"Crime is the biggest problem facing the country," says Stewart, owner of the Sandals chain of hotels and the Air Jamaica airline.

People are leaving, Stewart says, because they are "afraid that any minute a man may come to their door and hold them up with a knife or whatever and take advantage of their family. It is the most pathetic situation."

"It's too hard on the children. It's not fair for them to be worrying whether or not Mommy and Daddy will be returning home when they leave in the mornings. They should not have to be dealing with that kind of stress," declared a father of two who has migrated to Canada.

The first major wave of migration from Jamaica took place in the 1950s and 1960s and involved primarily unskilled and uneducated workers. The second came in the 1970s and was attributed to ideological differences between the government of the day and mainly the middle and upper classes.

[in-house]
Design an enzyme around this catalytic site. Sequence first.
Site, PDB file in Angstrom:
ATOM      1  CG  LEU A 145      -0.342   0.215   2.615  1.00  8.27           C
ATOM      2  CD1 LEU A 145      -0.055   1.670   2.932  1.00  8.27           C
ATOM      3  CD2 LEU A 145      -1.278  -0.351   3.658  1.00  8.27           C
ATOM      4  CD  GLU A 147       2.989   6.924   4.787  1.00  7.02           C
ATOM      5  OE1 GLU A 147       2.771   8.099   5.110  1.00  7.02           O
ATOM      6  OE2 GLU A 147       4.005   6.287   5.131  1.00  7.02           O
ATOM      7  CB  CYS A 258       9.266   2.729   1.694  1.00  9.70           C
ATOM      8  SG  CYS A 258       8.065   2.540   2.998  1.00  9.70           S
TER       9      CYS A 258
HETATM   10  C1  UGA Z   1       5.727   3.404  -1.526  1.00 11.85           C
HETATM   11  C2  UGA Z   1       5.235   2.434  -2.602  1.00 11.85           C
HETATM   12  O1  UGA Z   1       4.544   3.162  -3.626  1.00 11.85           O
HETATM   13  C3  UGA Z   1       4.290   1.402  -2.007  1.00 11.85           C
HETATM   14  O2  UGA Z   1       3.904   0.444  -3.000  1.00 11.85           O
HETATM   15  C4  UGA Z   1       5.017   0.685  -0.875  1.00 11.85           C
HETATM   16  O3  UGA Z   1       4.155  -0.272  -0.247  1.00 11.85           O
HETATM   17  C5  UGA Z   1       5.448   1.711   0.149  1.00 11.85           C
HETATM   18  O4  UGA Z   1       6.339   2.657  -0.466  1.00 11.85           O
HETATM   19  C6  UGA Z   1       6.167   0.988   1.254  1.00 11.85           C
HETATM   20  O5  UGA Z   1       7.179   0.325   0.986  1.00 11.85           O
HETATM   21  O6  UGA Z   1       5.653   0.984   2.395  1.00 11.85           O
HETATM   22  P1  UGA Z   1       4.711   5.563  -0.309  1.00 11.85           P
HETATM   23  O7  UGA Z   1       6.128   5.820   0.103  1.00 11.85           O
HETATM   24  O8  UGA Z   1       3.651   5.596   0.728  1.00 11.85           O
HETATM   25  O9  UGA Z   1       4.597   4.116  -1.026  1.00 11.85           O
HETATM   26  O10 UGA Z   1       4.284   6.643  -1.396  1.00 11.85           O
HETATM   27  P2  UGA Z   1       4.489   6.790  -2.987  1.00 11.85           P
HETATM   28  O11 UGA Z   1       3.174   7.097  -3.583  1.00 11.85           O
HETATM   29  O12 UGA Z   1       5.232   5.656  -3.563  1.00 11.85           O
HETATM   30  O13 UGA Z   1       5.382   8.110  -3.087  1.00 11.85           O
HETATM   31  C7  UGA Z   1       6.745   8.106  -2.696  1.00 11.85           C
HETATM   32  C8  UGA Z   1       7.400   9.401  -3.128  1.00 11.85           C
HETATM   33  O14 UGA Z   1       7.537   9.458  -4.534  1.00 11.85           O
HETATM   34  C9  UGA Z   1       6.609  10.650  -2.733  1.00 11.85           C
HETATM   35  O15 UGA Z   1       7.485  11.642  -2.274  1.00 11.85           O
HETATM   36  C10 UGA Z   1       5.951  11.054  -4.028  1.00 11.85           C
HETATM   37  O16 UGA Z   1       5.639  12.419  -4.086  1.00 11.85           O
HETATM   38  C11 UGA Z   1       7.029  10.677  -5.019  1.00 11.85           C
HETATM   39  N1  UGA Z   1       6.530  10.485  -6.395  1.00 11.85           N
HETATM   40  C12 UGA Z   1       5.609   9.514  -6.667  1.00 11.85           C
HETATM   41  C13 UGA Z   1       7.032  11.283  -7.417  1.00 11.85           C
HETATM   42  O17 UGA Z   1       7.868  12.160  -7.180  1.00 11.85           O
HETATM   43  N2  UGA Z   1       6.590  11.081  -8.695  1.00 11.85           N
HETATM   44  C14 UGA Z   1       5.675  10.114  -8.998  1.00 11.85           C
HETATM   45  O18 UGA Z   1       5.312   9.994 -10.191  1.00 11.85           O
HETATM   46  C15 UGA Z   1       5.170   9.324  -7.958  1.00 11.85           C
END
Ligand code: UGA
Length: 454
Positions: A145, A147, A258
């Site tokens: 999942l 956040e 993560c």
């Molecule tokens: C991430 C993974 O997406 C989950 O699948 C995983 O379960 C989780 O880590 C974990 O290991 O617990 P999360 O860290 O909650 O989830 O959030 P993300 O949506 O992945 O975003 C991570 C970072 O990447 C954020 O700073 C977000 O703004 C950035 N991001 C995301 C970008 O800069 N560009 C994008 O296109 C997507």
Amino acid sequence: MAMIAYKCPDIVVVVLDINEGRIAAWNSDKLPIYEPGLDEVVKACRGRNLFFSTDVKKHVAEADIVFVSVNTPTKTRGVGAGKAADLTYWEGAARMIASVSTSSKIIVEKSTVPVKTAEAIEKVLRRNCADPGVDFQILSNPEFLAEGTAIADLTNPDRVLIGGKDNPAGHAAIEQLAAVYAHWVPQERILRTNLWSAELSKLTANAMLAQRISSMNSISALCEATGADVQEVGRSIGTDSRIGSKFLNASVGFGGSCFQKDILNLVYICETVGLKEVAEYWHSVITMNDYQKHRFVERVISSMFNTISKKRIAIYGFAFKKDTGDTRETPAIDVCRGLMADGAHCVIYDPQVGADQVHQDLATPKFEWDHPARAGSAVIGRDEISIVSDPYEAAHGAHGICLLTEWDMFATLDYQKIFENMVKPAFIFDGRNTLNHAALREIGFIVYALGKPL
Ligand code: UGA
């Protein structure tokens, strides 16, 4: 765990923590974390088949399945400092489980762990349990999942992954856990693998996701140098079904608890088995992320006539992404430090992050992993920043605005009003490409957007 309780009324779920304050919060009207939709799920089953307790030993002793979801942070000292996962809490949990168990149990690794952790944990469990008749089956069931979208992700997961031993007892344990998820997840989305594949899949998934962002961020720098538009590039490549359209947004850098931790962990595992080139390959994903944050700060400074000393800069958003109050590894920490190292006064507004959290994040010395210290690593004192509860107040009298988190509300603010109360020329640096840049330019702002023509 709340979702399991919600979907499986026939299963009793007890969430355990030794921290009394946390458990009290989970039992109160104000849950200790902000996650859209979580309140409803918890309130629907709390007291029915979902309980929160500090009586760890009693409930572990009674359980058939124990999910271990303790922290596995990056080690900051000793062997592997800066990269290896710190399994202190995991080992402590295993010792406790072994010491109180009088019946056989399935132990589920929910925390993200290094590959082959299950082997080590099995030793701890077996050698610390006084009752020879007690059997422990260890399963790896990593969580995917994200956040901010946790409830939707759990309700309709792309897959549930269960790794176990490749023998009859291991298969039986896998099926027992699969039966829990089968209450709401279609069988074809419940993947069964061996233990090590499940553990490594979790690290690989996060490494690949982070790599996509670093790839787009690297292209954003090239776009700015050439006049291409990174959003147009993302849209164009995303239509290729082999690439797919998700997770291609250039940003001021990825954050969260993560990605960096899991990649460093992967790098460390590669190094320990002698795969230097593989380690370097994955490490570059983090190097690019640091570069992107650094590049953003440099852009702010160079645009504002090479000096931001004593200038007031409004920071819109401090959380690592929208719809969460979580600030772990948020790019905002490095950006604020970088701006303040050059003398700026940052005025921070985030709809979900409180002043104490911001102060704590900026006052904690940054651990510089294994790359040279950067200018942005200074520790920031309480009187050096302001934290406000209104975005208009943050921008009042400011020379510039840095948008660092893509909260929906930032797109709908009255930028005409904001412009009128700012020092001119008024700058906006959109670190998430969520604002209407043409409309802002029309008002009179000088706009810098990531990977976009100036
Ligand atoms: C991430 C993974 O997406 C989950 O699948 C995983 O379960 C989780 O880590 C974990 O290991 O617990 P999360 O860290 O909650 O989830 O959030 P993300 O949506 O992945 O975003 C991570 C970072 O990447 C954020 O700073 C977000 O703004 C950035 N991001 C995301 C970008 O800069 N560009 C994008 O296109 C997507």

Democratic Socialism had been introduced by the then ruling People's National Party (PNP) and many interpreted this to mean a system where their material possessions were under threat. They therefore wanted to get out as fast as they could.

The current tide of migration is robbing the country of much needed skills, analysts say.

"Emigration has impacted on the workforce in a negative way because it is the more qualified and skilled workers that are leaving," Danny Roberts, a trade unionist is quoted in the local media as saying.

According to statistics compiled by the government's planning institute, of those who migrated to the United States in 1997, the last year for which migration figures have been analysed, 42 percent were highly skilled.

Many of these, some observers suggest, left because of the crime situation. "Young people are leaving Jamaica in droves, because they are afraid. Crime is out of control," says Radio Talk Show Host, Wilmot Perkins.